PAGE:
Concordia and university libraries across Quebec partner to offer access to their shared catalogue and data
The Bureau de Coopération Interuniversitaire has announced a new partnership between Quebec university libraries that will provide access to a unified catalogue of more than 20 million documents from 18 different institutions.
Formally unveiled on October 11, the Partenariat des bibliothèques universitaires québécoises creates three new digital platforms that will allow faculty and students to access academic materials from across the province in both French and English. The program was financed with $10.4 million from the Ministère de l'Éducation et Enseignement supérieur and resources from the 18 Quebec universities.
"We started working on a strategic plan for the network about four years ago," says Guylaine Beaudry, Concordia's university librarian and vice-provost of digital strategy.
"Instead of developing services individually in every university, we decided to work together for the next phase of academic libraries in Quebec. We've always had a high level of inter-institutional collaboration and that's something we want to continue."
All of the province's universities are joining the new system, including the Montreal-based universities very often used by the Concordia community: McGill, Université de Montréal and Université du Québec à Montréal. A complete list of the universities is available on the new website of the Partnenariat des bibliothèques universitaires québécoises.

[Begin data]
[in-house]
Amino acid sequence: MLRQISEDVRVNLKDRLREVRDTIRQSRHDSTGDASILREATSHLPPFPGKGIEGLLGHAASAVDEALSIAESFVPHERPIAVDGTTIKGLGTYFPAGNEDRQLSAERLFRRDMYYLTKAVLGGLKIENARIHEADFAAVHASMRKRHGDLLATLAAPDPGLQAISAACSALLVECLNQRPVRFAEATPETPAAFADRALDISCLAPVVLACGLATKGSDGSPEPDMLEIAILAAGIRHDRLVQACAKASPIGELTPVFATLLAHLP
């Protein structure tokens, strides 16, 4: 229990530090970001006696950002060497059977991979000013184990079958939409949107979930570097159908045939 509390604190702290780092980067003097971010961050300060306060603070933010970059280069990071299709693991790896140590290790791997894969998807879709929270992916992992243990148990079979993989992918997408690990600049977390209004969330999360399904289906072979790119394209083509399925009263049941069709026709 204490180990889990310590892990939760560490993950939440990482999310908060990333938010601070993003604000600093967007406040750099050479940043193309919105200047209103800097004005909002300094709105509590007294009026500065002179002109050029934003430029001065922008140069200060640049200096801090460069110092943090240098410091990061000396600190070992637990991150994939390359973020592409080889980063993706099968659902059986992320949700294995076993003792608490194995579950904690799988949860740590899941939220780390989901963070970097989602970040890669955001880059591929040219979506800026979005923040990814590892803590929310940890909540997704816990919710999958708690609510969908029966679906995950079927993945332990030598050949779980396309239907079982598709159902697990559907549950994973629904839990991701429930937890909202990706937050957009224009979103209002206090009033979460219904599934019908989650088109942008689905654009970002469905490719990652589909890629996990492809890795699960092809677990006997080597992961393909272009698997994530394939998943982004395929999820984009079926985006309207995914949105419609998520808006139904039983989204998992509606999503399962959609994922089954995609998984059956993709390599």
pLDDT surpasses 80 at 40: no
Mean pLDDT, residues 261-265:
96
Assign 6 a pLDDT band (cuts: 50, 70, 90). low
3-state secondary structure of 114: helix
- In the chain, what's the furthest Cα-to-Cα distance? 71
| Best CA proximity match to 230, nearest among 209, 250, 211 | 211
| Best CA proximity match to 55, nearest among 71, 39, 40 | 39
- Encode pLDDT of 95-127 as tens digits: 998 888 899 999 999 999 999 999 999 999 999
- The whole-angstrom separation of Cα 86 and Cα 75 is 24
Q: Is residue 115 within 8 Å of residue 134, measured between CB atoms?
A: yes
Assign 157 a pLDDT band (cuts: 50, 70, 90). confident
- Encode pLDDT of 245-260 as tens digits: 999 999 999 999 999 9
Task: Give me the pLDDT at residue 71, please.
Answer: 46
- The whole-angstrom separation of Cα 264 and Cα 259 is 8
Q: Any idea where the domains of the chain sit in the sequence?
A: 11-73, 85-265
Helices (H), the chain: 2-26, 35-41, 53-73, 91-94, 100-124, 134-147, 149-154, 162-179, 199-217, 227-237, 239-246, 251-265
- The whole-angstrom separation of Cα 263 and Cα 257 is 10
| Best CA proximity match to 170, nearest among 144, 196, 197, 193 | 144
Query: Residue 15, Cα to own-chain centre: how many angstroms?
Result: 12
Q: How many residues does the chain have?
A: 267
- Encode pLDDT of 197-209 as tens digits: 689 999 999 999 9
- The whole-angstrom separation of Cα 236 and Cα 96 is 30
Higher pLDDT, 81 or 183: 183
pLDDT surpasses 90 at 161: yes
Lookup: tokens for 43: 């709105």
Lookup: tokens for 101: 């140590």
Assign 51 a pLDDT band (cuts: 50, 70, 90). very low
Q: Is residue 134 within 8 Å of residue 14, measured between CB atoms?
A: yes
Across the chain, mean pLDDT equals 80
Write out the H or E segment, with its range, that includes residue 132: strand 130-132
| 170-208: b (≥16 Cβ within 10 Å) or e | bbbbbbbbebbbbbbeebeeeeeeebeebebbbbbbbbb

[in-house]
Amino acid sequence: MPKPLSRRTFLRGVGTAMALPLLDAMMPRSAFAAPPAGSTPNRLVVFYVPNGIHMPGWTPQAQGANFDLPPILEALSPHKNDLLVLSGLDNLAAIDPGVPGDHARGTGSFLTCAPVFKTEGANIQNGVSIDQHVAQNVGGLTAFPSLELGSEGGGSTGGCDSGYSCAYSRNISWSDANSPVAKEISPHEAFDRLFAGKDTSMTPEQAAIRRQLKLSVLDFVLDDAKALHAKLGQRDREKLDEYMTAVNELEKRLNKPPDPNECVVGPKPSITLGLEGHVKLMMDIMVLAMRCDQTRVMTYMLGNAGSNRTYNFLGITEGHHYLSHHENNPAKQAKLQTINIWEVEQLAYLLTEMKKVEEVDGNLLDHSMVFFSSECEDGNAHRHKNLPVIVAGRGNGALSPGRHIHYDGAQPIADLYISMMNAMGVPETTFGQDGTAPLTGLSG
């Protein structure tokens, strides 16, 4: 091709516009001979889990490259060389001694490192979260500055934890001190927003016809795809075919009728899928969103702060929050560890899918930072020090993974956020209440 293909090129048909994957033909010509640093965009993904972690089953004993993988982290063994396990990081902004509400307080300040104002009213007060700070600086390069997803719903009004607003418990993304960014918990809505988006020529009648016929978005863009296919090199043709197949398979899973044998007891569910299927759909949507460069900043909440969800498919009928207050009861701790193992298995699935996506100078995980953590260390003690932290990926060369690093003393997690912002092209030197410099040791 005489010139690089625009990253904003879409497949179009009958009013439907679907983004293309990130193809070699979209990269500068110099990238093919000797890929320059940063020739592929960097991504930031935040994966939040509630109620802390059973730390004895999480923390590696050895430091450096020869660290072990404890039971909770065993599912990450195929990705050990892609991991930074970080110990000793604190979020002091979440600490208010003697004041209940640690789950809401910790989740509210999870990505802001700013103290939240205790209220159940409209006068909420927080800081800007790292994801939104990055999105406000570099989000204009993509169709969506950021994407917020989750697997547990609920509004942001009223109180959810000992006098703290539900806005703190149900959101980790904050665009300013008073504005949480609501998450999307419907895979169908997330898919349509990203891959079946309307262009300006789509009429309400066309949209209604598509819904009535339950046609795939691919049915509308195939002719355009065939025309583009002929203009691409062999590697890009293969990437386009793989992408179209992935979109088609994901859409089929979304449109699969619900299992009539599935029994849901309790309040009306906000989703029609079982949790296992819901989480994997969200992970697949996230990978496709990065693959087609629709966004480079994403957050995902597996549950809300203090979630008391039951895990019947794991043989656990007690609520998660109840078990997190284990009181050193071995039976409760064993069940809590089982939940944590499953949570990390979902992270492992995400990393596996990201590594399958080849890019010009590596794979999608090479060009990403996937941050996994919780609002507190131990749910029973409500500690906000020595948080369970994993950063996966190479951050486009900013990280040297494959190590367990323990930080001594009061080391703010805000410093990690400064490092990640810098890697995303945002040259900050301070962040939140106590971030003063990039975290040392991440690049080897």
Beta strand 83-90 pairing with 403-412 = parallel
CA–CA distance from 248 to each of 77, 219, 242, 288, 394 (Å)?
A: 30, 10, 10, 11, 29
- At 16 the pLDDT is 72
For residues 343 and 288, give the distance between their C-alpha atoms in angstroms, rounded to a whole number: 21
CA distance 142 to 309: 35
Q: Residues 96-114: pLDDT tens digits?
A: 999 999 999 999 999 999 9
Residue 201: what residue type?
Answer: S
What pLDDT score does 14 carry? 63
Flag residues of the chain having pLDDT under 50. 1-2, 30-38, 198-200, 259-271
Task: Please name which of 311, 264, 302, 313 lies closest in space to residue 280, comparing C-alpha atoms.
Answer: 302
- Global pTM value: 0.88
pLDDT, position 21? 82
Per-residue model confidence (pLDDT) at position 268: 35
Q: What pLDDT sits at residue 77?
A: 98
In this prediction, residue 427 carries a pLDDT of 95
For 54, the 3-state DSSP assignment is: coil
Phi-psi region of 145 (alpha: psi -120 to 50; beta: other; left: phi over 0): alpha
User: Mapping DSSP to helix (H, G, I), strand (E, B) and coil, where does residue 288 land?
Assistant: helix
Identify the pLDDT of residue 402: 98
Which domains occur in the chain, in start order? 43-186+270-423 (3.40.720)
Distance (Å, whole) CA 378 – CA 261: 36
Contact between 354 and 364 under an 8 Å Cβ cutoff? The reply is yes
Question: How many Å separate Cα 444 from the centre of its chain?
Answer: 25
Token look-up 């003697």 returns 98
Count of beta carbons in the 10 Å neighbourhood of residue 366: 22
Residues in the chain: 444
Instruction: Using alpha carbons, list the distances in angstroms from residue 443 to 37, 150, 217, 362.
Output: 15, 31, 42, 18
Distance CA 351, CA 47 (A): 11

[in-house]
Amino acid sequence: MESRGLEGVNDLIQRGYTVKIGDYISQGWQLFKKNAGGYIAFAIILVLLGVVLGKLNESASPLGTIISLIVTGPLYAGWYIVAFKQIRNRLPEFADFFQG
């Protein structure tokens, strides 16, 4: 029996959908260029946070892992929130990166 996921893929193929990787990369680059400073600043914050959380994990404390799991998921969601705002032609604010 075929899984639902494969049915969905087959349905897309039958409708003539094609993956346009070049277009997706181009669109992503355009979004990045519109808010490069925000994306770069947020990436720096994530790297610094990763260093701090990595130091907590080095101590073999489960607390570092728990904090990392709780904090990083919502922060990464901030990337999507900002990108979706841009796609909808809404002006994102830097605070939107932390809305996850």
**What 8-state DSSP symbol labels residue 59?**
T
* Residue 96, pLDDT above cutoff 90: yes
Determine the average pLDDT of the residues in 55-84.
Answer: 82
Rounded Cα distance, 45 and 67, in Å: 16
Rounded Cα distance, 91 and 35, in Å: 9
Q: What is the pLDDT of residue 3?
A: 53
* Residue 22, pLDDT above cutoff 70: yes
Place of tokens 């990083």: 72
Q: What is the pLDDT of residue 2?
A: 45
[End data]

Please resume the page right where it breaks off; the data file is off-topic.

Wider access and more services
The three different platforms will each serve a specific purpose.
At the heart of the system is the Shared Services Platform (SSP), a consolidated interface and database that will allow students to search all of the materials in the 18 collections more quickly, from wherever they are.
"Right now there are ways of finding the material you want, of course, but this system will make it much easier and save you a lot of time," Beaudry explains.
The Géoindex platform is a collection of geospatial datasets, including topographical maps and aerial photos from both past and present.
"Up until a few years ago you had to pay for this data," she notes. "One of Concordia's contributions to the partnership was to be involved in the discussion with the Ministère de l'Énergie et des Ressources naturelles that led to a new agreement now providing free access to all Quebec university communities to most of the data produced by the Quebec governement."
And finally there is the Dataverse, a free repository software for the dissemination and preservation of small- to medium-size data sets for all disciplines.
Géoindex and Dataverse are currently up and running. The SSP platform, which has yet to be branded, will go live in June 2020.
In the months leading up to the launch of the SSP platform, Concordia Library will be communicating with members of the Concordia community about the project and this information will be available on our website.
"It's a big change for everyone, but it will be really beneficial," Beaudry adds. "With these three platforms, Quebec academic libraries are working in collaboration like never before for the benefit of their users. We are embracing digital culture to offer services that meet their expectations and needs."
Find out more about the services available at Concordia Library.